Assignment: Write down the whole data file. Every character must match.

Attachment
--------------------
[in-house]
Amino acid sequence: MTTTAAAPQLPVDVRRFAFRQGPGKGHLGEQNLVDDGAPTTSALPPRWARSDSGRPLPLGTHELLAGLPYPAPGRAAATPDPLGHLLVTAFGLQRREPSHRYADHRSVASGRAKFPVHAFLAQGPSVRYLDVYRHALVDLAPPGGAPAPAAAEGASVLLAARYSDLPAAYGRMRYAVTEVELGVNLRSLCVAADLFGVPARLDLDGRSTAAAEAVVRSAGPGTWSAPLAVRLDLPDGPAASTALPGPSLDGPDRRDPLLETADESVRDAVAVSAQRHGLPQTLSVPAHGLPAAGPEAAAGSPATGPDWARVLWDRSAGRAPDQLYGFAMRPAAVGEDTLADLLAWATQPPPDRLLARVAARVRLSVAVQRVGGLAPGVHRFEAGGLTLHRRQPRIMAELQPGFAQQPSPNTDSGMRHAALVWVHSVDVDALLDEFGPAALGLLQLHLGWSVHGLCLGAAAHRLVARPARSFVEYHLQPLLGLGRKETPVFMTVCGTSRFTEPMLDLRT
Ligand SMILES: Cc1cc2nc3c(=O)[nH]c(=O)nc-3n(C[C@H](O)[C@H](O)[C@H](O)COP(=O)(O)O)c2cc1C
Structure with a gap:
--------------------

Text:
[in-house]
Amino acid sequence: MTTTAAAPQLPVDVRRFAFRQGPGKGHLGEQNLVDDGAPTTSALPPRWARSDSGRPLPLGTHELLAGLPYPAPGRAAATPDPLGHLLVTAFGLQRREPSHRYADHRSVASGRAKFPVHAFLAQGPSVRYLDVYRHALVDLAPPGGAPAPAAAEGASVLLAARYSDLPAAYGRMRYAVTEVELGVNLRSLCVAADLFGVPARLDLDGRSTAAAEAVVRSAGPGTWSAPLAVRLDLPDGPAASTALPGPSLDGPDRRDPLLETADESVRDAVAVSAQRHGLPQTLSVPAHGLPAAGPEAAAGSPATGPDWARVLWDRSAGRAPDQLYGFAMRPAAVGEDTLADLLAWATQPPPDRLLARVAARVRLSVAVQRVGGLAPGVHRFEAGGLTLHRRQPRIMAELQPGFAQQPSPNTDSGMRHAALVWVHSVDVDALLDEFGPAALGLLQLHLGWSVHGLCLGAAAHRLVARPARSFVEYHLQPLLGLGRKETPVFMTVCGTSRFTEPMLDLRT
Ligand SMILES: Cc1cc2nc3c(=O)[nH]c(=O)nc-3n(C[C@H](O)[C@H](O)[C@H](O)COP(=O)(O)O)c2cc1C
Structure with a gap: